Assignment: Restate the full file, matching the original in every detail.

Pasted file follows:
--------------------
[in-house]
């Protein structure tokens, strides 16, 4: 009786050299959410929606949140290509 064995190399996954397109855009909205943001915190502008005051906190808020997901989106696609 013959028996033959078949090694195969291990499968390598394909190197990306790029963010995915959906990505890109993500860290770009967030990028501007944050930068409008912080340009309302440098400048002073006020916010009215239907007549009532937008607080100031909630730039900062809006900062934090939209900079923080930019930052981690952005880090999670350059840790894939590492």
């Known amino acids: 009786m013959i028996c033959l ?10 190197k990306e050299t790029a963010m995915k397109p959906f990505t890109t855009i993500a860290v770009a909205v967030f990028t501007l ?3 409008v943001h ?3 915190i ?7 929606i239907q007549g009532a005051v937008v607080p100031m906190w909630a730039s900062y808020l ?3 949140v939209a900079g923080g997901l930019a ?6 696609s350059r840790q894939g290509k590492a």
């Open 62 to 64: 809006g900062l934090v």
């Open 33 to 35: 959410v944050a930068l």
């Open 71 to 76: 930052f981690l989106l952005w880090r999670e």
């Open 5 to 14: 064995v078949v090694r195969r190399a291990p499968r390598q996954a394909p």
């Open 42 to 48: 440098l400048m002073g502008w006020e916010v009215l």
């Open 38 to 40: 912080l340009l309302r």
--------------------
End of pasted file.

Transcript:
[in-house]
């Protein structure tokens, strides 16, 4: 009786050299959410929606949140290509 064995190399996954397109855009909205943001915190502008005051906190808020997901989106696609 013959028996033959078949090694195969291990499968390598394909190197990306790029963010995915959906990505890109993500860290770009967030990028501007944050930068409008912080340009309302440098400048002073006020916010009215239907007549009532937008607080100031909630730039900062809006900062934090939209900079923080930019930052981690952005880090999670350059840790894939590492």
């Known amino acids: 009786m013959i028996c033959l ?10 190197k990306e050299t790029a963010m995915k397109p959906f990505t890109t855009i993500a860290v770009a909205v967030f990028t501007l ?3 409008v943001h ?3 915190i ?7 929606i239907q007549g009532a005051v937008v607080p100031m906190w909630a730039s900062y808020l ?3 949140v939209a900079g923080g997901l930019a ?6 696609s350059r840790q894939g290509k590492a």
């Open 62 to 64: 809006g900062l934090v």
């Open 33 to 35: 959410v944050a930068l």
């Open 71 to 76: 930052f981690l989106l952005w880090r999670e």
């Open 5 to 14: 064995v078949v090694r195969r190399a291990p499968r390598q996954a394909p």
């Open 42 to 48: 440098l400048m002073g502008w006020e916010v009215l």
């Open 38 to 40: 912080l340009l309302r």